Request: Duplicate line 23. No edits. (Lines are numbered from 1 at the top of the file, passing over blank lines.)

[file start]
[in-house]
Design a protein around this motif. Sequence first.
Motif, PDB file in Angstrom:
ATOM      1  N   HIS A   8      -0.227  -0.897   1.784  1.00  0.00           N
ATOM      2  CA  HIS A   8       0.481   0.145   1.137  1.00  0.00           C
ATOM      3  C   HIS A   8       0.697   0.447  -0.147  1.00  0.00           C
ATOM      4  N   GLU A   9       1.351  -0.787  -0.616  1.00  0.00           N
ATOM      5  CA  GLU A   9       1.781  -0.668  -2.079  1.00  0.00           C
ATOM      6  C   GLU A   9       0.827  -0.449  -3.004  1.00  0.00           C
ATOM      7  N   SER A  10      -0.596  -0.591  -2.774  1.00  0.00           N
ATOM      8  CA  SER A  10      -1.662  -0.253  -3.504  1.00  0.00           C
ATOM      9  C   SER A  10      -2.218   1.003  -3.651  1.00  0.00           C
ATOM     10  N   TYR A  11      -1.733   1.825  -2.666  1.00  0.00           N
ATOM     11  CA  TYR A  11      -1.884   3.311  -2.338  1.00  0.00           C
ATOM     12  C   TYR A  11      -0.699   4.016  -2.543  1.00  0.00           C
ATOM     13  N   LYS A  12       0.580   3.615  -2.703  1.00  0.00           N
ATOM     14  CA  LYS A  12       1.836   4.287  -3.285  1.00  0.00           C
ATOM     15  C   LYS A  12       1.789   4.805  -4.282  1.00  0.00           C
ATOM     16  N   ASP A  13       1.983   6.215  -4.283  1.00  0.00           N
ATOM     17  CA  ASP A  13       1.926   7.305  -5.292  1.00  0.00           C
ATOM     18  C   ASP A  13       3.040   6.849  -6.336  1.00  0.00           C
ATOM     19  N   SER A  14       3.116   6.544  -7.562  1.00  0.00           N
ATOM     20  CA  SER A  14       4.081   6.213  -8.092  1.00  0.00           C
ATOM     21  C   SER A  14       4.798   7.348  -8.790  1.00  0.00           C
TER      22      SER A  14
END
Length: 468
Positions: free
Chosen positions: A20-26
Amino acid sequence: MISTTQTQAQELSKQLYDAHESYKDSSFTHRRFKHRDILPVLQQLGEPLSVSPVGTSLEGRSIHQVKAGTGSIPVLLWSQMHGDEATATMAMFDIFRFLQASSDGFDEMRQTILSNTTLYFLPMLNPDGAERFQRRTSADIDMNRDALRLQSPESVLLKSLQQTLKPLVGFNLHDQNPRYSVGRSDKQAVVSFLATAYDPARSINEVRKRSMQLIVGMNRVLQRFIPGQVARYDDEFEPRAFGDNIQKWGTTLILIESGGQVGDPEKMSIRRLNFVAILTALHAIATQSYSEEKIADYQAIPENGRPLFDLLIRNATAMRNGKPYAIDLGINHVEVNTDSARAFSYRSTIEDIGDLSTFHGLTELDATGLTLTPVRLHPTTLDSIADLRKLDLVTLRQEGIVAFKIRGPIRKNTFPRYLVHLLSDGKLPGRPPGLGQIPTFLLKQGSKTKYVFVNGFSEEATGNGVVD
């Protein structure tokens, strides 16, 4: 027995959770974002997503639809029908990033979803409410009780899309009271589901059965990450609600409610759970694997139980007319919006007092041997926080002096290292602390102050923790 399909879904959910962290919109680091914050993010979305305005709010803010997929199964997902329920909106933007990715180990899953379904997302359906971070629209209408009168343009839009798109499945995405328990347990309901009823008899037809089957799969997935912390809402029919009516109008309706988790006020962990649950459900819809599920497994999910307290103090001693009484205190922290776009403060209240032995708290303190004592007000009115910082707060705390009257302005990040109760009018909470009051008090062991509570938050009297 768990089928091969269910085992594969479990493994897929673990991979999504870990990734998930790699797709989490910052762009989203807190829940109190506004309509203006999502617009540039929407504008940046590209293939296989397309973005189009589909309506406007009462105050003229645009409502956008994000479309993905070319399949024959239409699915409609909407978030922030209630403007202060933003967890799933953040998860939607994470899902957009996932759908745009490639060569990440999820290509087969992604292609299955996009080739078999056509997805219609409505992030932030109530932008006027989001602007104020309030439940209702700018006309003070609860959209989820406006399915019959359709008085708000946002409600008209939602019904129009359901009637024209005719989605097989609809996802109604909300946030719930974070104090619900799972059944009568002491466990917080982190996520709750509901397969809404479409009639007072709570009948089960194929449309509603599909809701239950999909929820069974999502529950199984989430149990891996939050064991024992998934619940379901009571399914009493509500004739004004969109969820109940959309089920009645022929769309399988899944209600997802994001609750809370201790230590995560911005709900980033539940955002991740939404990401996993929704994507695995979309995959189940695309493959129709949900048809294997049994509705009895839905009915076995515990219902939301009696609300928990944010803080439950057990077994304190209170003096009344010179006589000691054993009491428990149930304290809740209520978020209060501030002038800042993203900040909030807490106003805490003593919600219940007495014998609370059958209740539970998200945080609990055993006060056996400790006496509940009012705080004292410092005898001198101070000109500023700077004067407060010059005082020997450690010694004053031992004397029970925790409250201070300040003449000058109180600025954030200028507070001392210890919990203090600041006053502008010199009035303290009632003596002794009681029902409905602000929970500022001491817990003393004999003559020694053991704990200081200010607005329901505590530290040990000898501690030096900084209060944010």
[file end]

ATOM     20  CA  SER A  14       4.081   6.213  -8.092  1.00  0.00           C